In federal court, witness testimony in bench trials has been allowed using remote transmission. See Gould Elecs. Inc. v. Livingston Cty. Rd. Comm'n, No. 17-11130, 2020 WL 3717792, at *4 (E.D. Mich. June 30, 2020) (proceeding with a bench trial via virtual testimony); In re RFC & ResCap Liquidating Trust Action, 444 F. Supp. 3d 967, 2020 WL 1280931, at *2, *4 (D. Minn. Mar. 13, 2020) (“COVID-19's unexpected nature, rapid spread, and potential risk established good cause under Rule 43(a) for conducting the final two days of a six-week bench trial by videoconference.”); Argonaut Ins. Co. v. Manetta Enters., Inc., No. 19-000482, 2020 WL 3104033, at *2-3 (E.D.N.Y. June 11, 2020) (exercising court’s discretion under Rule 43(a) over one party's objections to order that the entirety of a three-day bench trial be conducted via videoconference).
PART 6: Recent Notable Developments
Pitzer College v. Indian Harbor Ins. Co., 8 Cal.5th 93 (2019) (applying the notice-prejudice rule to a consent provision in a first-party policy). Providence Health & Servs. v. Certain Underwriters, 358 F.Supp. 3d 1195 (W.D. Wash. 2019) (notice-prejudice rule applied in the context of a claims made and reported policy to excuse an insured’s failure to have notified its insurer of a claim within the time limits of a special reporting period); Petrosantander (USA), Inc. v. Hdi Global Ins. Co., 16-CV-01320-EFM-GLR (D. Kan. 2018) (applying Texas law and concluding that “the Texas Supreme Court would require Defendant to demonstrate prejudice resulting from Plaintiff’s alleged failure to timely notify Defendant of the [claim] prior to denying coverage based on a failure to timely to provide such timely notice”).
But see Illinois Ins. Co. v. Brookstreet Sec. Corp., 2009 WL 10671583, at *6 (C.D. Cal. Nov. 20, 2009) (rejecting insured’s argument that notice-prejudice rule should apply to ‘claims-made-and-reported’ policies where claim was reported within policy period on basis that insured presented no persuasive authority to rebut the authority that states that the notice-prejudice rules does not apply to claims made and reported policies”). Centurian Med. Liab. Protective Risk Retention Group, Inc. v. Gonzalez, 296 F.Supp. 3d 1212 (C.D. Cal. 2017).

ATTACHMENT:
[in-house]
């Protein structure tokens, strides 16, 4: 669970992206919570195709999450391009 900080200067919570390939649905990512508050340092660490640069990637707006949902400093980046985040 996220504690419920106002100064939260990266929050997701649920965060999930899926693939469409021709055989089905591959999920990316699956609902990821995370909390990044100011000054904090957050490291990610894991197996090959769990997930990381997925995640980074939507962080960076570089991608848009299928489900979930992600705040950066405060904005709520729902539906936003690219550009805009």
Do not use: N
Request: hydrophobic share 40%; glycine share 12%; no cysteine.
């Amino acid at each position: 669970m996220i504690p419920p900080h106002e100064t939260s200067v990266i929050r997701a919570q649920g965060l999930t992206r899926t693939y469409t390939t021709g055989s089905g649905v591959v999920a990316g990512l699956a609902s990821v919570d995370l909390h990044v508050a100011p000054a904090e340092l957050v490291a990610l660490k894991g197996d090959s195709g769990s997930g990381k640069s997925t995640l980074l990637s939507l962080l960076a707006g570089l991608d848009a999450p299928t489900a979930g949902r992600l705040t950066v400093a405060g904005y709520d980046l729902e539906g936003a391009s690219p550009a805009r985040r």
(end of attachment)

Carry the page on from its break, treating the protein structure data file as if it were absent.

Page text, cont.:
Bad Faith Refusal to Settle
A written demand within policy limits may not necessarily be required to trigger insurer’s duty to settle. See, e.g., Planet Bingo, LLC vs. The Burlington Insurance Company, Cal.App. 4th (March 18, 2021); Boicourt v. Amex Assurance Co., 78 Cal.App. 4th 1390 (2000); Reid vs. Mercury Insurance, 220 Cal.App. 4th 262, 273 (2013). “In a number of circumstances, courts have found a conflict of interest can arise, and an insurer may be liable for bad faith refusal to settle, without a formal settlement offer.” Reid, supra, at 273.
Mixed Actions Where the Insurer Has Breached The Duty To Defend
Where the insurer has breached its duty to defend its insured in a “mixed action”, even when there is no coverage for indemnity, “an insurer must bear the entire costs of defense when there is no reasonable means of apportioning the defense costs between covered and non-covered items”. Tapestry on Central Condominium Association v. Liberty Ins. Underwriters, 2:18–cv-04857–JJT (D. Ariz. August 11, 2020). State v. Pacific Indemnity Co., 63 Cal. App. 4th 1535 (1998) (when carrier has breached duty to defend, defense fees are presumed reasonable and necessary); Fazzino v. Insurance Company of North America, 152 Cal. App. 2d 304 (1957).
Mixed Actions Where the Policy Prescribes No Method of Allocation and Insurer Has Not Breached The Duty To Defend
Where the insurer has not breached its duty to defend its insured in a “mixed action”, and the policy prescribes no method of allocation, many courts have adopted the “reasonably related” rule. In the Ninth Circuit, the “reasonably related” rule remains the default test for allocating defense costs under a D & O policy. Under that rule, a D & O policy covers defense costs that “are reasonably related to the defense of the insured [parties], even though they may also have been useful in defense of the uninsured [parties].” Safeway Stores, 64 F.3d at 1289; see also Raychem Corp. v. Fed. Ins. Co., 853 F. Supp. 1170, 1182 (N.D. Cal. 1994).
Policyholders should be concerned where the policy prescribes allocation based on “relative legal and financial exposure”. See Pepsico, Inc. v. Continental Casualty Company, 640 F.Supp. 656 (S.D.N.Y. 1986) (“allocation of responsibility according to the relative exposures of the respective parties is therefore appropriate”). This allocation method allows the insurer to make a judgment at the inception of the case, often based on the pleadings alone, concerning the allocation of defense fees. Such an allocation ignores the reality that counsel’s activities on behalf of a covered party are often inseparable from those activities on behalf of an uncovered party.